This refers to the accurate use of grammatical forms and appropriate use of vocabulary. It also
includes the range of language.

Discourse Management
This refers to the extent, relevance and coherence of each candidate’s contributions. Candidates
should be able to construct clear stretches of speech which are easy to follow. The length of
their contributions should be appropriate to the task, and what they say should be related to
the topic and the conversation in general.

Pronunciation
This refers to the intelligibility of contributions at word and sentence levels. Candidates should
be able to produce utterances that can easily be understood, and which show control of
intonation, stress and individual sounds.

Interactive Communication
This refers to the ability to use language to achieve meaningful communication. Candidates
should be able to initiate and respond appropriately according to the task and conversation,
and also to use interactive strategies to maintain and develop the communication whilst
negotiating towards an outcome.

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Marks and results

Grammar and Interactive


B2 Vocabulary Discourse Management Pronunciation Communication

5 • Shows
  a good degree • Produces extended • Is intelligible. • Initiates
  and responds
of control of a range stretches of language • Intonation is appropriately, linking
of simple and some with very little appropriate. contributions to those
complex grammatical hesitation. •  Sentence and word of other speakers.
forms. • Contributions are stress is accurately •  Maintains and develops
•  Uses a range of relevant and there is a placed. the interaction and
appropriate vocabulary clear organisation of •  Individual sounds are negotiates towards an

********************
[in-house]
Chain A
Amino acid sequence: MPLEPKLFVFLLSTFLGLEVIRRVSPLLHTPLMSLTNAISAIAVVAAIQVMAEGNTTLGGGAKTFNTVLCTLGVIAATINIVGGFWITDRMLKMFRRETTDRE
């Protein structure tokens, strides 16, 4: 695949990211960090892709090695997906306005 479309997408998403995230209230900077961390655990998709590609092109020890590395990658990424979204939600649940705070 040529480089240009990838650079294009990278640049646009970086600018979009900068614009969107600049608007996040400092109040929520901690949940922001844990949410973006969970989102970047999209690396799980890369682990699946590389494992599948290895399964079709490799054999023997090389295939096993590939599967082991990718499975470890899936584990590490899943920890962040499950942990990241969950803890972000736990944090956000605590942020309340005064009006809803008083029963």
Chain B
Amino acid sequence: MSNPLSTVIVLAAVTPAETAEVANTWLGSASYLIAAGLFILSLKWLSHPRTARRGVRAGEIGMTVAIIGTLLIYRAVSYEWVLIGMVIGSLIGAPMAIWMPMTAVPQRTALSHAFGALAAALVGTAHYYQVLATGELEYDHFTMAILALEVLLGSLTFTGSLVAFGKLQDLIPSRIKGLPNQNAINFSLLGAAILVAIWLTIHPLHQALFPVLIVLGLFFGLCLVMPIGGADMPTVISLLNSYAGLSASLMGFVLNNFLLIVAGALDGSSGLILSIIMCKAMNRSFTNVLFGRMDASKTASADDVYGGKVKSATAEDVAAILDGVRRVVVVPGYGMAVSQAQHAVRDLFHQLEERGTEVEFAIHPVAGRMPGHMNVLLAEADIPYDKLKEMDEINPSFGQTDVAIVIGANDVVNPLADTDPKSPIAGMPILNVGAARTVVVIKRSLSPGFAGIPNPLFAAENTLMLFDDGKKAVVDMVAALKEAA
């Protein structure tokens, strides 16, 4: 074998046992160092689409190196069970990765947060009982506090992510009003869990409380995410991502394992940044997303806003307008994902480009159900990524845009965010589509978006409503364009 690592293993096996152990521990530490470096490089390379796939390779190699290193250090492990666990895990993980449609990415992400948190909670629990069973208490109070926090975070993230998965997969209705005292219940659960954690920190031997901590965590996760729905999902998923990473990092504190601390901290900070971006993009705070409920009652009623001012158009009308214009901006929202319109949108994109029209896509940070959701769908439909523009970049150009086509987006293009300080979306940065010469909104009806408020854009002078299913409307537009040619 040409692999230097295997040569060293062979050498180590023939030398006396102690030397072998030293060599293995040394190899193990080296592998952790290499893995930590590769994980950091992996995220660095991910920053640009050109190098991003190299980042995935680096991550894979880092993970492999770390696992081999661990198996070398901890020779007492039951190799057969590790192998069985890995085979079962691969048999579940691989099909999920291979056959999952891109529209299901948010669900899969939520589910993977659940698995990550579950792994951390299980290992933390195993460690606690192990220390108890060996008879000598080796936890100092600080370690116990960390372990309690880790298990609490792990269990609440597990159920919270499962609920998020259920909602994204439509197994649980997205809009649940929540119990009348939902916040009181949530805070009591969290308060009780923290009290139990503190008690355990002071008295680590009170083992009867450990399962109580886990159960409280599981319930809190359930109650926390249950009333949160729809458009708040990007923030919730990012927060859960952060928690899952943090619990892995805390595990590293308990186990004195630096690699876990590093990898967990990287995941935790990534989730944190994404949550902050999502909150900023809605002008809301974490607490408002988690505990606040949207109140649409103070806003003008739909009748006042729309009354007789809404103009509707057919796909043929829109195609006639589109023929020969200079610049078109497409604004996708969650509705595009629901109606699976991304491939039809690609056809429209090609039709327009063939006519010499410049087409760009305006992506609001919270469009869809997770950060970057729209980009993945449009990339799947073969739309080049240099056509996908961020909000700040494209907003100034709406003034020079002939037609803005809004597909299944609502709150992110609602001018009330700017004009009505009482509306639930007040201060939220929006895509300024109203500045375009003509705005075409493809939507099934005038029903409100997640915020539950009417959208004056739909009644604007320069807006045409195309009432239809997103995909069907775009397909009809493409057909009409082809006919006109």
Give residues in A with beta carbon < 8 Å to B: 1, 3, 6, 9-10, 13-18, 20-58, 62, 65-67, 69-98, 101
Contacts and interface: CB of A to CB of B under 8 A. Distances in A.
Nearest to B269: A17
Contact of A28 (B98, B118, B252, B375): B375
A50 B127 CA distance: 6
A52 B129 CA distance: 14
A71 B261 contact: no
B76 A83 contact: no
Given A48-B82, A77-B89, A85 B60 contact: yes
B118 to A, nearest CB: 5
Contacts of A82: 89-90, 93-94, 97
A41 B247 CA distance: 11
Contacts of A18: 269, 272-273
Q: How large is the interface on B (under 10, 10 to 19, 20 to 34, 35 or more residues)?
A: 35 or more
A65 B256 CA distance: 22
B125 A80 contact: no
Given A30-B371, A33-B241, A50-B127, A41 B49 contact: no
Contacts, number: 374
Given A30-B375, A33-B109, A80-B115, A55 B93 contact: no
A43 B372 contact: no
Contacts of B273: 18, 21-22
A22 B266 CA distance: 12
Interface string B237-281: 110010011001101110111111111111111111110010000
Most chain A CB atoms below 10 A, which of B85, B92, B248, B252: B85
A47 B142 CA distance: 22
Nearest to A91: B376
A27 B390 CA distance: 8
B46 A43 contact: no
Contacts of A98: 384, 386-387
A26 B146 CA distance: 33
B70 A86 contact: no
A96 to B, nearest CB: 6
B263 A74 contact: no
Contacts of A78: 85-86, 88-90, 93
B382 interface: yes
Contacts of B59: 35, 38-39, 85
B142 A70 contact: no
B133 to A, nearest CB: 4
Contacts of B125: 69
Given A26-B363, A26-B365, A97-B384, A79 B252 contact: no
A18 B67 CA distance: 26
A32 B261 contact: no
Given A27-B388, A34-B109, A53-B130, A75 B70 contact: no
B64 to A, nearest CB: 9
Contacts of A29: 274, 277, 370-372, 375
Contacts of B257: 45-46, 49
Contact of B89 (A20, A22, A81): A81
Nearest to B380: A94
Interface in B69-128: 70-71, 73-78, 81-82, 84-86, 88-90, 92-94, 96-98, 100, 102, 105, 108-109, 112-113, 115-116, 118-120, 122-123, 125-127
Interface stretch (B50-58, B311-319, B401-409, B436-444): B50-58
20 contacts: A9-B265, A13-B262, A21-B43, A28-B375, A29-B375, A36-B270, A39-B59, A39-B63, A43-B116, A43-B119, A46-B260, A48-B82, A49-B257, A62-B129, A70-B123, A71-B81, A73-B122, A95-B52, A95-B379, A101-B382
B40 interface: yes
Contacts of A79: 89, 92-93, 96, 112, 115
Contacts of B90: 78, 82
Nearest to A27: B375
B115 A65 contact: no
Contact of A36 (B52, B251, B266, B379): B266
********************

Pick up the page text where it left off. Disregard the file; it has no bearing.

to give and exchange ideas. articulated clearly. outcome.
views on a wide range •  Uses a range of cohesive
of familiar topics. devices and discourse
markers.

4 Performance shares features of Bands 3 and 5.

3 • Shows
  a good degree • Produces extended • Is intelligible. • Initiates
  and responds
of control of simple stretches of language •  Intonation is generally appropriately.
grammatical forms, and despite some hesitation. appropriate. •  Maintains and develops
attempts some complex • Contributions are •  Sentence and word the interaction and
grammatical forms. relevant and there is stress is generally negotiates towards an
•  Uses a range of very little repetition. accurately placed. outcome with very little
appropriate vocabulary •  Uses a range of cohesive •  Individual sounds are support.
to give and exchange devices. generally articulated
views on a range of clearly.
familiar topics.

2 Performance shares features of Bands 1 and 3.

1 • Shows
  a good degree • Produces responses • Is
  mostly intelligible, • Initiates
  and responds
of control of simple which are extended and has some control of appropriately.
grammatical forms. beyond short phrases, phonological features •  Keeps the interaction
•  Uses a range of despite hesitation. at both utterance and going with very little
appropriate vocabulary • Contributions are word levels. prompting and support.
when talking about mostly relevant, despite
everyday situations. some repetition.
•  Uses basic cohesive
devices.

0 Performance below Band 1.

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Marks and results

The interlocutor awards a mark for overall performance using a Global Achievement scale.

B2 Global Achievement

5 • Handles
  communication on a range of familiar topics, with very little hesitation.
•  Uses accurate and appropriate linguistic resources to express ideas and produce extended discourse that is
generally coherent.

4 Performance shares features of Bands 3 and 5.

3 • Handles
  communication on familiar topics, despite some hesitation.
•  Organises extended discourse but occasionally produces utterances that lack coherence, and some inaccuracies
and inappropriate usage occur.

2 Performance shares features of Bands 1 and 3.

1 •  Handles communication in everyday situations, despite hesitation.


•  Constructs longer utterances but is not able to use complex language except in well-rehearsed utterances.

0 Performance below Band 1.

Assessment for Cambridge English: First for Schools is based on performance across all parts
of the test, and is achieved by applying the relevant descriptors in the assessment scales.